The History of Thatching

 In Eco-Friendly, Inspire, News

Providing a perfect bridge between heritage and modern architecture

BY ANDRÉ VAN HEERDEN, MANAGING PARTNER, CAPE REED GROUP OF COMPANIES

Thatched roofing is a familiar sight in the UAE. From gardens to beachside F&B outlets, it’s used to provide shaded structures both large and small. And it’s easy to see why: thatching is environmentally friendly, it’s aesthetically pleasing and, when properly looked after, can last as long as 35 years.

What many people don’t realise is that the origin of thatched roofing lies a long way from the luxury properties it is associated with today. And not only that: the Gulf has its own rich history of thatching, one that is often overlooked.

The style of thatching most commonly seen in the Gulf today, and indeed around the world, has its roots in European communities such as England, Holland and Germany, where it was used in poor communities as a cheap and readily available roofing material. The majority of the population were engaged in subsistence agriculture, so it made sense to use the leftover straw to keep their houses warm and dry.

History of Thatch

Anne Hathaway’s Cottage, England

From a moderate agricultural start, thatched roofs became part of an imagined rural ideal popularised by some of the most popular artists of the day, making them increasingly desirable to the newly wealthy, a trend that has continued into the 21st century. Indeed in today’s Europe thatched roofing is largely confined to the affluent with many thatched buildings that have heritage status.

German missionaries introduced the skill of thatching to the South African landscape during the early 18th century, while simultaneously ‘discovering’ the world’s most durable thatching material : Cape Reed (Thamnochortus Insignis) which  grows naturally along the southern tip of the African continent. The quality of this unique material has since been praised by the English Master Thatcher’s Association and other European thatching industries.

History of Thatch

Groot Constantia Original Homestead, South Africa

When Cape Reed introduced the European style of thatching to the Gulf, it also brought the world’s finest and most acclaimed thatching material with it – giving the Gulf nothing less than the world’s best.  Since its introduction in the late nineties it has certainly lived up to expectations , proving that it is the ideal roofing material for the region, with an expected lifespan of anything from 35 to 50 years and the ability to cool off shaded areas with as much as 10°C.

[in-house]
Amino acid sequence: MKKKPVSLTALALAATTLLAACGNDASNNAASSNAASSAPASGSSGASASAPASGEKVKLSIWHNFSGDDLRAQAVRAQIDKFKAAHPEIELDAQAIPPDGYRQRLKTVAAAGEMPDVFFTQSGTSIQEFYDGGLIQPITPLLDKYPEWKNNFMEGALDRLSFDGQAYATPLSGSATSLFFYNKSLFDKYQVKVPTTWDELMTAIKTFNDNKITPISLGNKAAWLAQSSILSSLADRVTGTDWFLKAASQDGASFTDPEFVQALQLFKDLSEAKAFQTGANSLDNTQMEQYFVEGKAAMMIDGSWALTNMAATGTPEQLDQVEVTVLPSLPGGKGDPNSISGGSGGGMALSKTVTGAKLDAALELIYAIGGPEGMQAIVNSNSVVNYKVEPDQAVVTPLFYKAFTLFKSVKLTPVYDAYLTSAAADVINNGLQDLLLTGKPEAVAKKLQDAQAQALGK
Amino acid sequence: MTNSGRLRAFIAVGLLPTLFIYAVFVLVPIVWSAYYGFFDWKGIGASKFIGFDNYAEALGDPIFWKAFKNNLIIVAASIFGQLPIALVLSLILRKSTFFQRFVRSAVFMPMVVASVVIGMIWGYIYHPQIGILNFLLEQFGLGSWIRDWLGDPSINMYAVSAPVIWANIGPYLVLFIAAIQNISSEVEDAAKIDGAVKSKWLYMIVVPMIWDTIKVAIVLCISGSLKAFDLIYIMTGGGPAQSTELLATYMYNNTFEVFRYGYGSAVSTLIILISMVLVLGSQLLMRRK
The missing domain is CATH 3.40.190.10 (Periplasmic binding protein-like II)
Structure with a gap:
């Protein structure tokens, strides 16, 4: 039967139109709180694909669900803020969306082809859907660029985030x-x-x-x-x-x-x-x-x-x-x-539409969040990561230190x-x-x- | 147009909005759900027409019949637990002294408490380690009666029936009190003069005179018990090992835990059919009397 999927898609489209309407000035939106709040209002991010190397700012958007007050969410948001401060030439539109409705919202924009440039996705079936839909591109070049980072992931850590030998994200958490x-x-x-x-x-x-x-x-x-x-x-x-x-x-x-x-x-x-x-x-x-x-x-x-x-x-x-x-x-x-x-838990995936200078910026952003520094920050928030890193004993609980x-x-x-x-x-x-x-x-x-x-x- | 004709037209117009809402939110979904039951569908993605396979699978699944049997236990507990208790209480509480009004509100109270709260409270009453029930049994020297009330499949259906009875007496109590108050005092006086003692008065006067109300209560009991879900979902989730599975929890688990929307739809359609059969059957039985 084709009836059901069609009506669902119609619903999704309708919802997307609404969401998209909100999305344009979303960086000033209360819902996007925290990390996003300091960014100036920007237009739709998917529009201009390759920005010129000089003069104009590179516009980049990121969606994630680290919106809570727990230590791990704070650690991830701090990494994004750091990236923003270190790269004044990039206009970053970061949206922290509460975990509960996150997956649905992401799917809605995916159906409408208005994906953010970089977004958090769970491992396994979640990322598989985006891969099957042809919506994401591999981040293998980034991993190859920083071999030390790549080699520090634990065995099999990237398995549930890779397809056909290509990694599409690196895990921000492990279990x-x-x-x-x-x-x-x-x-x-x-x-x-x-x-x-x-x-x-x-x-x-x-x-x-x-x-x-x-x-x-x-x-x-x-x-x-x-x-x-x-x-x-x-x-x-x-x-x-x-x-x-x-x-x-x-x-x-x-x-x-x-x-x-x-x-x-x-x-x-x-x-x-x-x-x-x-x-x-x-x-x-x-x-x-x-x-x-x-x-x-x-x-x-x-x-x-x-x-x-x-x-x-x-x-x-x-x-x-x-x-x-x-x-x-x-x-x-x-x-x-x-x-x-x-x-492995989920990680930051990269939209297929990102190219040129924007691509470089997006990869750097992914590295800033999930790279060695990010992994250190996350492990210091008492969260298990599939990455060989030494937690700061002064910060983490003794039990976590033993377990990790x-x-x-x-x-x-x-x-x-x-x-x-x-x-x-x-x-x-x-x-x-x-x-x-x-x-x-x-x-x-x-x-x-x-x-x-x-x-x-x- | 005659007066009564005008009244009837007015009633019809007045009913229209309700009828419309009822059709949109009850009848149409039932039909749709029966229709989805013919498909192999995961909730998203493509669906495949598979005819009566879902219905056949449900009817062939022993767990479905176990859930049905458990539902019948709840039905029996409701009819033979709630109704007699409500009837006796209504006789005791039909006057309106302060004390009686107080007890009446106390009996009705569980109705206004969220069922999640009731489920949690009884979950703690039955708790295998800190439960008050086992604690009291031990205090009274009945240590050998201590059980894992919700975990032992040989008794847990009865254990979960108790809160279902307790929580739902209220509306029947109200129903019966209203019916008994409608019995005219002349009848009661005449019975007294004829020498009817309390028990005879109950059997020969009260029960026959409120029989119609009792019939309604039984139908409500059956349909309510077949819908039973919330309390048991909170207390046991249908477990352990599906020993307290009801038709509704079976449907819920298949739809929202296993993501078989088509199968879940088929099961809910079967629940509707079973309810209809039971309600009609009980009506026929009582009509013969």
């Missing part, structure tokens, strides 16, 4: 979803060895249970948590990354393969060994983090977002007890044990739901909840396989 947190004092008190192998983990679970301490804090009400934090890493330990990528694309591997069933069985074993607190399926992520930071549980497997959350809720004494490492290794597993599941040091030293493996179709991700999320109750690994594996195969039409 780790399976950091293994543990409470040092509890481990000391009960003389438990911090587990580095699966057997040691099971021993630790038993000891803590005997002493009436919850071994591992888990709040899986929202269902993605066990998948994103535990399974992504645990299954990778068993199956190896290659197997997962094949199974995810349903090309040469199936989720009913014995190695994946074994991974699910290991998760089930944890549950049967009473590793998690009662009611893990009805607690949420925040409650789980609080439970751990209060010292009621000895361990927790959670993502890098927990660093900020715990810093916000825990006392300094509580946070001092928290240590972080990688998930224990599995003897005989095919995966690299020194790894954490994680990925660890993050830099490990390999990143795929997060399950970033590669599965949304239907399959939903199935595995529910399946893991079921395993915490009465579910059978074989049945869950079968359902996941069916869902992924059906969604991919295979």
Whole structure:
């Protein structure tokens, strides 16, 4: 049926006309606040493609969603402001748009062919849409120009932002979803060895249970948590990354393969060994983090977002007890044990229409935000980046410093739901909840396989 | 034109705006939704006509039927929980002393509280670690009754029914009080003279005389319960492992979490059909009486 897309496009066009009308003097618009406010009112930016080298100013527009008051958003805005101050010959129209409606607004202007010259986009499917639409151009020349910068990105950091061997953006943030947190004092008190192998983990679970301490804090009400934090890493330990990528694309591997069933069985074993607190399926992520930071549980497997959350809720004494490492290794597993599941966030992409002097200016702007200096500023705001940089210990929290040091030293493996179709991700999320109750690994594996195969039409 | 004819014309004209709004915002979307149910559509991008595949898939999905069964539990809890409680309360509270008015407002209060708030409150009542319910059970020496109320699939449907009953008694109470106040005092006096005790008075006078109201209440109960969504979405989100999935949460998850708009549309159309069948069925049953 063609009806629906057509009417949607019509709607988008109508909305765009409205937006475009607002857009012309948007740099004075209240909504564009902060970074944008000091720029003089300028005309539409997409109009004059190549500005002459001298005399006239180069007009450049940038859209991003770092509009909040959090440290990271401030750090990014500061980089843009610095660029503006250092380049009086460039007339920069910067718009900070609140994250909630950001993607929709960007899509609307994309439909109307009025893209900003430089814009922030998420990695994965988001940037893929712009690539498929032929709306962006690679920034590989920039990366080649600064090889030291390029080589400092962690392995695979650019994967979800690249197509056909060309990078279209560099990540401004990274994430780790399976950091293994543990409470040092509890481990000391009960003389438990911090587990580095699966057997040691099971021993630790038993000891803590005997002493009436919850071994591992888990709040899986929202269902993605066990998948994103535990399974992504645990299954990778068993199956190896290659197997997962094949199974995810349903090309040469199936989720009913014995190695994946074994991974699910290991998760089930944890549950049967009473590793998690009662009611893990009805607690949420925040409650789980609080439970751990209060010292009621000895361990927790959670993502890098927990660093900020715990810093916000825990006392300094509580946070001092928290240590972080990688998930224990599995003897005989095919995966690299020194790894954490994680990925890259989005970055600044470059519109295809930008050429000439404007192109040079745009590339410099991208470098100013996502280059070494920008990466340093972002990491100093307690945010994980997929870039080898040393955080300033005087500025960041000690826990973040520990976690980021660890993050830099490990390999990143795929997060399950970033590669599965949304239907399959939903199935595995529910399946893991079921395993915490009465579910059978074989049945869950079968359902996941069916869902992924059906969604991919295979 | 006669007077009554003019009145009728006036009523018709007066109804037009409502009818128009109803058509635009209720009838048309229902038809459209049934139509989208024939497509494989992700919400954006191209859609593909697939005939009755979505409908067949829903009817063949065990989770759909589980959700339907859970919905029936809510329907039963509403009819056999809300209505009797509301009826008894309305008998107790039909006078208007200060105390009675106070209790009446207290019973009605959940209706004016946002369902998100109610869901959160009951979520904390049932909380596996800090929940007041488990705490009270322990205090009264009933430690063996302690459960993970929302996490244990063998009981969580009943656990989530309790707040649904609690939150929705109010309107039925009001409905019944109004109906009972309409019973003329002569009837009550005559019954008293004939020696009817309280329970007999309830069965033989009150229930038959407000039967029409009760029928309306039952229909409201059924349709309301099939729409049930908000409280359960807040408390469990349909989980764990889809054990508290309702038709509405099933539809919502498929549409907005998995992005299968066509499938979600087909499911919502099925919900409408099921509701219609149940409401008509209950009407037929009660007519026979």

While thatching made its impact on architecture and life style in Europe, the Gulf developed   their own technique, known as barasti, using palm fronds to provide shelter from the sun. The region’s limited resources meant that people had to use whatever they could get their hands on, with walls made of stone, mud or even oven palm leaves woven into a rudimentary frame. On top of this would sit a thatched roof, also made of palm leaves, which would sometimes be treated with pitch.

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Accommodation at the Anantara resort in Abu Dhabi

Cape Reed has taken on the challenge to marry its unique European skills and high quality African materials with local heritage.  Proof of this can be found in Cape Reed’s recently completed project for TDIC at the Anantara resort in Abu Dhabi, which uses a new thatching method designed to imitate the barasti style. Perhaps the biggest injection of modern technology is that we have woven a fire blanket into the roof, ensuring it combines old fashioned looks with modern safety standards.

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A fire blanket being woven into the thatched roof

It’s good for the environment too: the materials are sourced from around the region, provided that the suppliers can prove its sustainability. In fact the project exceeds the Abu Dhabi Urban Planning Council’s Estidama standards (Arabic for sustainability). Among other things, the standards measure an outdoor structure’s Solar Reflective Index (SRI), which is determined by the roof’s ability to reflect solar heat without absorbing it (stored heat adds to global warming). Estidama mandates an SRI of 29, but Cape Reed thatch achieved a score of 54.52 and our Eucalyptus timber scored 80.31.

While barasti style thatching is popular with customers who want a more traditional feel, the Gulf’s emphasis on modern technology and construction techniques are also providing excellent opportunities for Cape Reed to display its design and construction skills by creating constructions where traditional thatch joins modern steel and metal in the construction detail.

It’s also possible to create quite intricate patterns on a roof – and that’s before the addition of modern lighting and high quality electronic and audio visual systems that are popular with many clients!

#Thatching #Thatching101 #History

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